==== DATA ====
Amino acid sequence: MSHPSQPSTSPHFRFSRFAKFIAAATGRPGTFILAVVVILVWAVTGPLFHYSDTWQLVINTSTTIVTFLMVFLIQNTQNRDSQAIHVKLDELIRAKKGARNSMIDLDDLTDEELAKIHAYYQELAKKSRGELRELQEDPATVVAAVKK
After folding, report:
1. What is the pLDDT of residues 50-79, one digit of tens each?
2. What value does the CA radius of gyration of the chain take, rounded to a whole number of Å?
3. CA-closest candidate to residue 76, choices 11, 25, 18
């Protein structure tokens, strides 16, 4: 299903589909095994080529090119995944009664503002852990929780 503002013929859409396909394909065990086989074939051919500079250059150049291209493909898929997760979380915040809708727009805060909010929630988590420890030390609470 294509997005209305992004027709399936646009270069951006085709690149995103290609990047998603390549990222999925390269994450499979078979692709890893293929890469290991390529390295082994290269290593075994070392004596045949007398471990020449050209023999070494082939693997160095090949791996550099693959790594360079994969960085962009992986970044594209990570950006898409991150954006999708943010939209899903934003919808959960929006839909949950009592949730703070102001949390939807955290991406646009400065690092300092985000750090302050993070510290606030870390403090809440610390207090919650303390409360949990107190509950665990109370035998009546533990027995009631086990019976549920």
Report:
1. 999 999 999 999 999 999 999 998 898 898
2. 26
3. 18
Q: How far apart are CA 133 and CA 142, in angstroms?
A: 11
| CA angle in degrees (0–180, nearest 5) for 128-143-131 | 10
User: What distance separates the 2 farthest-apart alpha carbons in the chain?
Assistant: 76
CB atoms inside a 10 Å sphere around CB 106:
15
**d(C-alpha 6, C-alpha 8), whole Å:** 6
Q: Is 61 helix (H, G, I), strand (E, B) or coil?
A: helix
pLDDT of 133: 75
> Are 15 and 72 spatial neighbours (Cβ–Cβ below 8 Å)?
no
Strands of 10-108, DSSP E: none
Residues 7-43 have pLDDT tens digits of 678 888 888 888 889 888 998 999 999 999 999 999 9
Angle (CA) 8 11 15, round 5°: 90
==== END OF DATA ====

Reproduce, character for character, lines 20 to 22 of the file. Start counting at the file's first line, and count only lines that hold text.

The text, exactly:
A: helix
pLDDT of 133: 75
> Are 15 and 72 spatial neighbours (Cβ–Cβ below 8 Å)?